June 4, 2013
Houseplant pests

Houseplants are like people. When they become weak or under stress, they get sick and require a "doctor's" care. Preventative measures will reduce the amount of insects your plant will acquire.

Preventative maintenance
Plants should be chosen to suit the conditions in your home, thereby decreasing stress right from your initial purchase. Through proper care, plants will remain strong and able to fight off some, if not all, infestations and infections. By over watering or under watering, plants will be easy prey for hungry insects. Temperature is also a factor in your plants' health and susceptibility. In the winter months, the air has a tendency to be dry and these are perfect conditions for insects to thrive. To reduce hot, dry conditions around your plants, place a tray filled with pebbles and water under your plants. The water should not touch the bottom of the pots. Evaporation from these trays will create a cooler, humid atmosphere.

Plants may also be confused by air conditioning, as their temperature and light combinations are mixed up. The plant is, again, stressed. When it's cool, a plant is programmed to be dormant, but the light is high in summer so the plant wants to grow but not to its optimum level. It is warm in winter, so plants grow quickly but there isn't strong light; therefore, the growth is spindly. Plants prefer a cooler night temperature than day temperature to grow most vigorously.

Insects get into your home in a variety of ways. They may have come in on a pet or yourself brushing up against an infected plant elsewhere. New plants introduced to the area may have brought them in. Your plants may even have already had the insects, but the symptoms were not noticed until new plants showed signs. Plants will also pick up any insects if left outdoors for the summer. Be sure to spray two or three times at seven to 10 day intervals before bringing them back indoors, or be sure to give them a good check-up. High light plants tend to be more susceptible as their conditions for optimal growth mirror that of the insects. Unless an unhealthy plant is nearby or it is the winter season, low light plants are less likely to get insects. All the conditions above will influence your plants' immunity to fungi and diseases as well.

Aphids have fat, fleshy bodies that are either green or yellow. They may cause severe distortion or stunting and are good plant disease vectors. They also drop the sticky sap called honeydew onto the leaves. Wash off with stream of water, Safers Soap or ladybugs are possible cures.

Fungus gnats
These insects are black 1/16-in. flies. They won't harm plants but do irritate people. They may however, be an indication of problems to come due to overwatering. They are soil-borne organisms that hatch and then fly around looking for somewhere to lay their eggs. A soil drench of nicotine (let a few cigarette buts sit overnight in a half glass of water and use that scary water as a drench) will help reduce fungus gnats. Also reduce general watering, let the soil dry to about 2 cm deep before you water the plant.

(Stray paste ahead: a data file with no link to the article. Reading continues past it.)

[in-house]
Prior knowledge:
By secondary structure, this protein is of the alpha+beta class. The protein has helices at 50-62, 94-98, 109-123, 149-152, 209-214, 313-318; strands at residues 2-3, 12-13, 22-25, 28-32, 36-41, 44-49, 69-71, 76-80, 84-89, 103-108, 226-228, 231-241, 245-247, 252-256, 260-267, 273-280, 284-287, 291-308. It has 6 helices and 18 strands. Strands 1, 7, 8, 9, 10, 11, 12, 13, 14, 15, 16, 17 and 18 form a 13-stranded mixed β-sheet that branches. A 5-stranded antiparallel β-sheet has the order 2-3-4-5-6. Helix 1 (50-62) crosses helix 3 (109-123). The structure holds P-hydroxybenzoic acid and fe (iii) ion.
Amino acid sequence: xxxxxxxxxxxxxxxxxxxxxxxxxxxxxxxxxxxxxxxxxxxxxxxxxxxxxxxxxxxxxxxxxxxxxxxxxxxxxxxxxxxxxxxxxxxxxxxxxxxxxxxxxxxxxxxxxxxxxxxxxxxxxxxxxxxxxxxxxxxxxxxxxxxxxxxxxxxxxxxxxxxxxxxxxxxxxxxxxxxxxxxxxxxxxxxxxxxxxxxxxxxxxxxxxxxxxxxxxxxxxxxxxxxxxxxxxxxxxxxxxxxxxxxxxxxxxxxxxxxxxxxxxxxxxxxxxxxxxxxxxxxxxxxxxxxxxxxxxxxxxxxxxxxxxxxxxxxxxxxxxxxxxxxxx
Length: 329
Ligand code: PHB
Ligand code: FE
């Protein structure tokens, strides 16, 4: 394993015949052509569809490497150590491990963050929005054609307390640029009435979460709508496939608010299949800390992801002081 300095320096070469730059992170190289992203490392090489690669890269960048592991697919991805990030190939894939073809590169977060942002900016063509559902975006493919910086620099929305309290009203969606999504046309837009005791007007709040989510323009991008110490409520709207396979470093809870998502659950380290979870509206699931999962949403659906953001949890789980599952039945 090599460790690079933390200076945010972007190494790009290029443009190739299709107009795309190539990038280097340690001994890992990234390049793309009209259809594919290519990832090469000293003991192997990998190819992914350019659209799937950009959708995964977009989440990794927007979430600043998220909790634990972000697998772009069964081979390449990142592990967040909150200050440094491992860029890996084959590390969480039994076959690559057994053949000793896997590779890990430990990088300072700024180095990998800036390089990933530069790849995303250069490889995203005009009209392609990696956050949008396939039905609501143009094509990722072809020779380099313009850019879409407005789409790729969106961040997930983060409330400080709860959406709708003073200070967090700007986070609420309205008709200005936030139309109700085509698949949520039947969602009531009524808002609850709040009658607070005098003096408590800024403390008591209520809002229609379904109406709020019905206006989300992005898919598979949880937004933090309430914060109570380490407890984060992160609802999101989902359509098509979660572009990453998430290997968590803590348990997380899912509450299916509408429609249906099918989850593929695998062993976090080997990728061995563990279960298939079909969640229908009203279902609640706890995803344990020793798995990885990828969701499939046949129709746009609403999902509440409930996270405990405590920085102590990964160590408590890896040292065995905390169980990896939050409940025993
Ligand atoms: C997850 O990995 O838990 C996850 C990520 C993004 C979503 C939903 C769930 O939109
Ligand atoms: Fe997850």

*May be toxic to some plants.

Mealy bug
Mealy bugs look like fluffy pieces of cotton 1/8-in. to I /4-in. long. They can be found on the undersides of leaves but more often congregate around the base of the leaves or on stems. Some symptoms are stunting of growth, yellowing, leaf distortion and a sticky sap (that is undigestable by insect) left on the furniture, leaves or floor below the insect. It is controlled by using rubbing alcohol, undiluted, as a good home remedy.

This insect is as it sounds, a hard or soft brown scale on the woody stems or sometimes on the undersides of leaves. Symptoms are dropping of green leaves, slow growth or no growth at all. All other symptoms are similar to mealy bug. Young crawler stage of scale is more easily eliminated because there is no waxy shell yet. Rubbing alcohol with a cloth is the organic control.

Spider mites
Spider mites may be green, red or brown and you can see them by using a magnifying glass or by tapping a leaf onto a piece of paper. The leaves may become deformed, speckled, yellow, dehydrated, then turn brown and fall off shortly after. Spraying water onto the plant will reveal the webs they have spun. There may be clusters of tiny white eggs on the undersides of the leaves. If you only see eggs, it may be a good opportunity to begin spraying early in their cycle. Control may be accomplished by using Safer's Soap with a Pyrethrum in it. Be sure to cover every square inch of the plant, particularly the underside of leaves.

Whiteflies are approximately 1/12-in. long. Whiteflies may begin fluttering about if a plant is disturbed. Leaves will become mottled and yellow. Whiteflies stick their sucking mouth parts into the plant tissue, they then lose their legs and become like a scale. To control, use Safer's Soap or wash off with stream of water.

Organic controls will also work, search online for recommendations, but Safer's Soap, drenches with tea or nicotine are examples of organic cures.

As you can see, there are many types of insects that can affect your houseplants. Most are not immediately noticeable to the untrained eye, so there may be a lot of damage before you detect it. Try to be aware of any abnormalities in your plants, and be a good researcher before buying your plant material.